Episodes
During the Syrian war, a group of archeologists risk their lives to record the damage being done to their country’s cultural heritage, just as it was being taken away from them. This episode was written and produced by Zeina Dowidar and Alex Atack, and edited by Dana Ballout with additional support from Nadeen Shaker. Fact checking by Tamara Juburi and sound design by Sara Kaddouri. Thank you to Alice Fordham and Salman Ahad Khan for their help recording interviews for this story, and to...
Published 02/03/22
Since 9/11, US governmental agencies have poured millions of dollars into spying on Arabs, Muslims and Arab Americans. Their surveillance has changed countless lives as ordinary citizens all over the country were interrogated, arrested or had their homes raided. But this didn’t start in 2001. Invasive - and even illegal - surveillance programmes against Arabs and Arab Americans have a long history in the US, going all the way back to the 1970s, with a program code-named Operation Boulder....
Published 01/27/22
Kerning Cultures season 3 launches next week, January 27th. Make sure to subscribe wherever you get podcasts so you don't miss an episode. Support this podcast on patreon.com/kerningcultures for as little as $2 a month.
Published 01/21/22
Ahead of the latest season (which launches at the end of this month!), our team gets together to talk about what they’re excited for, and what they’ve learned from producing the upcoming season of Kerning Cultures. Kerning Cultures’ season three launches on January 27th. Make sure you’re subscribed wherever you get podcasts so you don’t miss an episode. Support this podcast on patreon.com/kerningcultures for as little as $2 a month.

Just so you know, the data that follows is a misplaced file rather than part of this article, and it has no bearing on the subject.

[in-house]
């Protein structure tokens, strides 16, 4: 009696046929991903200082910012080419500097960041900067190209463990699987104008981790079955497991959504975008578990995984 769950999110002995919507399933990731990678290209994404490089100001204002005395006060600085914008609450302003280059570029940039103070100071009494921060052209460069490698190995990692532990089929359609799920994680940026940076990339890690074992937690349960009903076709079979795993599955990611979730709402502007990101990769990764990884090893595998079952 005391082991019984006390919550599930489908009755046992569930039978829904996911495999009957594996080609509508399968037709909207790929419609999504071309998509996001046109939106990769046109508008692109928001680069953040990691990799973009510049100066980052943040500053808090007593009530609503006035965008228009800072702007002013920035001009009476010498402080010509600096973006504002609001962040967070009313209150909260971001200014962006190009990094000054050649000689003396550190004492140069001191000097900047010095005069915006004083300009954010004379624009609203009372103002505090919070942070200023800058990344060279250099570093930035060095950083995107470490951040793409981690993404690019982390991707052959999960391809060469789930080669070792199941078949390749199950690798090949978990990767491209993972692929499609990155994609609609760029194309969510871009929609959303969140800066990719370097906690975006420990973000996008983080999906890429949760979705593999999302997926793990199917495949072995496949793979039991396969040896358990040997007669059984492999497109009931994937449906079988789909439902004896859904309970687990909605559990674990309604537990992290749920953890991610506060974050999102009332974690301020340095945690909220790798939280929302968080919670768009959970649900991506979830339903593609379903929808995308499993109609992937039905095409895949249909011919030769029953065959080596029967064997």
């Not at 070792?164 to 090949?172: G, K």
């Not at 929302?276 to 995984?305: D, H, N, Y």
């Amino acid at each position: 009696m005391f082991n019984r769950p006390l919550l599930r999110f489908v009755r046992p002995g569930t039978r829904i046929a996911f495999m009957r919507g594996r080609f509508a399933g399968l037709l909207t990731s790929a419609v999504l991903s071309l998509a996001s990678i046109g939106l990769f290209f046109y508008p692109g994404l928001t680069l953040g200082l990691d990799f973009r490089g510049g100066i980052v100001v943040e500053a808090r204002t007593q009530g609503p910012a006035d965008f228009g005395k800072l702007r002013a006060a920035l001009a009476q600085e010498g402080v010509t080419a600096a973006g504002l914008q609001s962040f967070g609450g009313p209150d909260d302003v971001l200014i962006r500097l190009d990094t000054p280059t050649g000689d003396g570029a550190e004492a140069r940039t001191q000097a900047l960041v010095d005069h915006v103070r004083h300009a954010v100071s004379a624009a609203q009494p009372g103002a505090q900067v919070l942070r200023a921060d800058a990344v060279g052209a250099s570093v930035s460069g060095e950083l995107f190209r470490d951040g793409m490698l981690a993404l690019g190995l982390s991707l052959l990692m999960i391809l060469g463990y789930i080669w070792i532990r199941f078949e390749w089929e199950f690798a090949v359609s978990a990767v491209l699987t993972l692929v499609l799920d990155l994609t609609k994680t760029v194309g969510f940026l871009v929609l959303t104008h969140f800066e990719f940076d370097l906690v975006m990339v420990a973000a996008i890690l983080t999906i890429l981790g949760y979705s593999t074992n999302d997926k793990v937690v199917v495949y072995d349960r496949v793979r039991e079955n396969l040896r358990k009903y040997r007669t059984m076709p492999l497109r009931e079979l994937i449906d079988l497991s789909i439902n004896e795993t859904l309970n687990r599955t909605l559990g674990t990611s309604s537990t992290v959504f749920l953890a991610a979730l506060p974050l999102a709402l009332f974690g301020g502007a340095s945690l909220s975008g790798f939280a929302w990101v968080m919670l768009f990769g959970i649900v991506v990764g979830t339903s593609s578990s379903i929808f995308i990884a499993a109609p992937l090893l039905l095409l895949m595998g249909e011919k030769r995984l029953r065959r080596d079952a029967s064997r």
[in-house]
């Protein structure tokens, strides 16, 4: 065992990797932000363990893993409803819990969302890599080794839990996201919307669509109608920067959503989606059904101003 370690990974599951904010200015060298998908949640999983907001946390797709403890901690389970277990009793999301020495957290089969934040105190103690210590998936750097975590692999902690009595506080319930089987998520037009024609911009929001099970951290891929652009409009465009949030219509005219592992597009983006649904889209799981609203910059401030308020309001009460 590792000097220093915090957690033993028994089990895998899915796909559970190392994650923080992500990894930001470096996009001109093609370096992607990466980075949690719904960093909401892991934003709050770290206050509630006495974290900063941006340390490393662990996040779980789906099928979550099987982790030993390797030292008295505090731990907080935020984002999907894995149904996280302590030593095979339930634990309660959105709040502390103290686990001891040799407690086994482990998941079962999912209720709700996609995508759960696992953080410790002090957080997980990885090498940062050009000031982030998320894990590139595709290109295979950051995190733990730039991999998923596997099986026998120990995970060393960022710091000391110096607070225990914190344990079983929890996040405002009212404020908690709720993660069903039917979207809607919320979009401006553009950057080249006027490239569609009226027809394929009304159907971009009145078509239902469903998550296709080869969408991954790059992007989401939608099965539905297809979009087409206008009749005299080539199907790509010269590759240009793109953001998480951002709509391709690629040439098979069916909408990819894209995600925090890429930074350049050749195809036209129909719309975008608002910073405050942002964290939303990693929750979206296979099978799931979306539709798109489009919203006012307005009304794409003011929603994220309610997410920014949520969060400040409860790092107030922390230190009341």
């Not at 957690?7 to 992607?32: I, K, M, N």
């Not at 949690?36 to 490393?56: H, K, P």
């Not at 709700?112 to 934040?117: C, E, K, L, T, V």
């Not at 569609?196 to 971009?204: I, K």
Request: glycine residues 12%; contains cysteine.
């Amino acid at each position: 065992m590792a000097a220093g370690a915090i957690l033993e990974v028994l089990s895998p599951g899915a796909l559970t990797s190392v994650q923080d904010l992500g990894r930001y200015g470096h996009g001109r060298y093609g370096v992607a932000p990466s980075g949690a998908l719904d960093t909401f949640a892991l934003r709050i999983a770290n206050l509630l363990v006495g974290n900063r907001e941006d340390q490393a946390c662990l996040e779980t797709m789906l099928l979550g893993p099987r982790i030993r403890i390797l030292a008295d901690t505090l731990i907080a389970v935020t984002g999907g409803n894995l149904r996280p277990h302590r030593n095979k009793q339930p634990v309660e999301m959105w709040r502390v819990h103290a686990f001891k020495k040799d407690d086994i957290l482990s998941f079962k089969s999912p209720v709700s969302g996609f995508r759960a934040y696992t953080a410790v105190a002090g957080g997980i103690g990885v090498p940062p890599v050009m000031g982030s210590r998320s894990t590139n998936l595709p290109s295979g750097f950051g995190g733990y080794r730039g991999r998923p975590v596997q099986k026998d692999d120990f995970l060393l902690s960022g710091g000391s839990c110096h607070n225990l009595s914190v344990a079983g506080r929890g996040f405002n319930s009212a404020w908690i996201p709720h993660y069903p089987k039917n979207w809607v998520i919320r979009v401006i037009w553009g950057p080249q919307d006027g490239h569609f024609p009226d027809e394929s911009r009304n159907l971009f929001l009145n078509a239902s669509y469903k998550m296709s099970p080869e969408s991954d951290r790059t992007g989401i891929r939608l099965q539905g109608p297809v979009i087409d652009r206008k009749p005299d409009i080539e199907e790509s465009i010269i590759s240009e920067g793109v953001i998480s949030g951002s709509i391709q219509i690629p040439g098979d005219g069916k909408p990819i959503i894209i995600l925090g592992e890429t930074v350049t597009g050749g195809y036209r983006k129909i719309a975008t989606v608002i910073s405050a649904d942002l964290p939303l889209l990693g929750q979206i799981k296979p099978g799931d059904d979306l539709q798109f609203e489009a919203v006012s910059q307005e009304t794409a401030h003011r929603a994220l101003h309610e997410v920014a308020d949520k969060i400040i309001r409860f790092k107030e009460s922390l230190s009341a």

Published 01/14/22
Lynn left behind her hometown village in the Philippines for a housekeeping job in Lebanon at the age of 23. It was only meant to be temporary… until she met Butros, her employer’s nephew, and they fell in love. But for Lynn, marrying Butros has meant choosing to settle down in a country where she’s treated as an outsider. This episode originally aired in June 2019 and was produced by Dana Ballout, Nathalie Rosa Bucher and Alex Atack. Editorial support from Hebah Fisher. Sound design by...
Published 07/01/21
His whole life, Walid Waked had been told that his great grandfather invented the Arabic typewriter. And then, one day, he learned that another family – the Haddads – believed they invented it. This week on Kerning Cultures, the contested history of the Arabic typewriter. This episode originally aired in September 2019. Thank you to everybody we spoke to for this story: Ahmed Ellaithy – for taking us down the rabbit hole with you – Walid Waked, Anis Waked, Alexandre Cordahi, Nagla Badran,...
Published 06/25/21
Faysal Bibi and his team of palaeontologists have been captivated by this one particular moment that took place in the Abu Dhabi desert seven million years ago. This week, a journey back to a time before the desert was the desert… when elephants, crocodiles and monkeys reigned supreme in the UAE. This episode was produced by Alex Atack, with editorial support from Dana Ballout, Nadeen Shaker, Tamara Rasamny and Zeina Dowidar. Fact-checking by Zeina Dowidar and Dina Salem. Sound design by...
Published 06/17/21
Ronnie Chatah started giving his walking tours of Beirut in 2008, during a period of stability for the city. He would guide tourists through the city, telling stories of Phoenician ruins, French architecture and Ottoman houses. He’d also talk about Lebanon’s civil war, and the problems that came to follow it. These were always stories about other people, other eras and other lives, until December of 2013, when Ronnie’s own life was sucked into the political unrest that he'd spent years...
Published 06/10/21
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Published 06/04/21